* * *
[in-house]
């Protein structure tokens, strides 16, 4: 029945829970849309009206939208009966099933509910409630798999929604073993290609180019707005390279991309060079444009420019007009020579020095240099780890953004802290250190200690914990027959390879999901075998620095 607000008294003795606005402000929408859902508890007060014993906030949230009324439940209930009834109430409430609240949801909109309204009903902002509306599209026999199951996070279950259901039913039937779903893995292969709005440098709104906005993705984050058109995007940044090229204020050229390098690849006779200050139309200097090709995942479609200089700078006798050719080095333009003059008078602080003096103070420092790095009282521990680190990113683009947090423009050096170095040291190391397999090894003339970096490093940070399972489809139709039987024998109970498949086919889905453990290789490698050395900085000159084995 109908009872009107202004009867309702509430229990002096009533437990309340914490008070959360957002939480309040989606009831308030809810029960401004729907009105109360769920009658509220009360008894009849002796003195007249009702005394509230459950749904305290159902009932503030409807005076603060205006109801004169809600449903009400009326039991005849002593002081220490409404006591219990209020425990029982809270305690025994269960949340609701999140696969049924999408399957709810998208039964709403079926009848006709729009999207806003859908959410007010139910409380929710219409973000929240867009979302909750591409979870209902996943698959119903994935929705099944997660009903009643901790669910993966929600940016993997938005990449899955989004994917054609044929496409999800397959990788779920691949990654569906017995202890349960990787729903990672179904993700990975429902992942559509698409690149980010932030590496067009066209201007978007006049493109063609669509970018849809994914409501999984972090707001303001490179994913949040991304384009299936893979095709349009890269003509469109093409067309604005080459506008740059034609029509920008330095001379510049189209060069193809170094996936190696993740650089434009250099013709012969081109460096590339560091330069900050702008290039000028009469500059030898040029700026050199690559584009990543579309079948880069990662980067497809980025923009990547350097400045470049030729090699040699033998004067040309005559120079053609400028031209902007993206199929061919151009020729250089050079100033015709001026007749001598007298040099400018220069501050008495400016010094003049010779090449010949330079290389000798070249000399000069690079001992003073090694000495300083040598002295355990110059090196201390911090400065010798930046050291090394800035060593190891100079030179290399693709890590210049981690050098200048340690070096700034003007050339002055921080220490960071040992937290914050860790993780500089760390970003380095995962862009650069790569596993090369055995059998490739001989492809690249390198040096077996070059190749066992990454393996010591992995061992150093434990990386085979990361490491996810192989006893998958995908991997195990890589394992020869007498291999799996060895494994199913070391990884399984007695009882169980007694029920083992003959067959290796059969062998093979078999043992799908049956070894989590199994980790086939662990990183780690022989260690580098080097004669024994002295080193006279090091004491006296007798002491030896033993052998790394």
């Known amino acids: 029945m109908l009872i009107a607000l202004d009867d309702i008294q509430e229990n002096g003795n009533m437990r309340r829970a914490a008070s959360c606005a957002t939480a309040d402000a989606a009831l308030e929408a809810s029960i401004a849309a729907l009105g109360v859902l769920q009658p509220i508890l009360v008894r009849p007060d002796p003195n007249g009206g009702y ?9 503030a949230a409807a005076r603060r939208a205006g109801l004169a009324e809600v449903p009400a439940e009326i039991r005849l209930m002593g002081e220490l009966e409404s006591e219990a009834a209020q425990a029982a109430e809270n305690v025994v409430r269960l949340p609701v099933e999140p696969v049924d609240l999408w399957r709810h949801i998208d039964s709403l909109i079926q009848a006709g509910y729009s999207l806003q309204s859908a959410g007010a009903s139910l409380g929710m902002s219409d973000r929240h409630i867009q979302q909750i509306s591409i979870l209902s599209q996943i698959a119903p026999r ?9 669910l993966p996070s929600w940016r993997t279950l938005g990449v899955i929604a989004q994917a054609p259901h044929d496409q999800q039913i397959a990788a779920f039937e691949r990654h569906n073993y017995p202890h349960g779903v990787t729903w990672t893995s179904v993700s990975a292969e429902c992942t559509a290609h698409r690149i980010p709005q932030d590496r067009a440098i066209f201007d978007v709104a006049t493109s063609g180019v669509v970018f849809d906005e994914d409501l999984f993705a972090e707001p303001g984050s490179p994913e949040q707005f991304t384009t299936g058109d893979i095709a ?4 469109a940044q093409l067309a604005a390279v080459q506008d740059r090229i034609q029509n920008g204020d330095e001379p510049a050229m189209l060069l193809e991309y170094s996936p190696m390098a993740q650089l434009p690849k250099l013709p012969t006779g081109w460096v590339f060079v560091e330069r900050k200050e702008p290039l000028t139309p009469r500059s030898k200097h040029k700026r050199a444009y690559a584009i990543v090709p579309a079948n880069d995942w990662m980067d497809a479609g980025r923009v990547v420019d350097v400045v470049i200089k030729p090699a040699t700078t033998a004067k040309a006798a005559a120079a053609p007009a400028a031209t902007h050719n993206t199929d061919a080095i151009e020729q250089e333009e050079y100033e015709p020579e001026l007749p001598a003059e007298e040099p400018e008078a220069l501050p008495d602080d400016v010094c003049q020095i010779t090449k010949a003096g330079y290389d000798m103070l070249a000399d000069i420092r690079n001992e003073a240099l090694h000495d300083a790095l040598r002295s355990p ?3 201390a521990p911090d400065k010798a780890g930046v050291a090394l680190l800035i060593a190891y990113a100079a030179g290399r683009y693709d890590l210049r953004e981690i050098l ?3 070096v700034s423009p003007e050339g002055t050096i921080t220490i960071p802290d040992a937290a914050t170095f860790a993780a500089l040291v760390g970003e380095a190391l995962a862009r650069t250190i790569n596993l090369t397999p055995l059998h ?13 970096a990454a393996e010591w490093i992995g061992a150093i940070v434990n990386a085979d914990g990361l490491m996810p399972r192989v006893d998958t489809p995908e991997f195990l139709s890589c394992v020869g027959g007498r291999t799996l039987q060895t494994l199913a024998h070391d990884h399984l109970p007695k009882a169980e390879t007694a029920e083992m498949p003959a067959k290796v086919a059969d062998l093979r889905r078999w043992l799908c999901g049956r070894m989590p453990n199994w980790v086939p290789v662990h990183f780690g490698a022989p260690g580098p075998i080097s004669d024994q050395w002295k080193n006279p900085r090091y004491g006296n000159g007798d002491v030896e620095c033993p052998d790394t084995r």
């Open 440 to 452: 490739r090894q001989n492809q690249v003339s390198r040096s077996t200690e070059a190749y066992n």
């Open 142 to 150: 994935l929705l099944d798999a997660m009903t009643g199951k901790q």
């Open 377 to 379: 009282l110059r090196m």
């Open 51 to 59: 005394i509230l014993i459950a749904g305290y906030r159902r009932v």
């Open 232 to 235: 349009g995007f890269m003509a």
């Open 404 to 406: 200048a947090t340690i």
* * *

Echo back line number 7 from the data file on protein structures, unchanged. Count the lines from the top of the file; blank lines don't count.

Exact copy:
């Open 51 to 59: 005394i509230l014993i459950a749904g305290y906030r159902r009932v």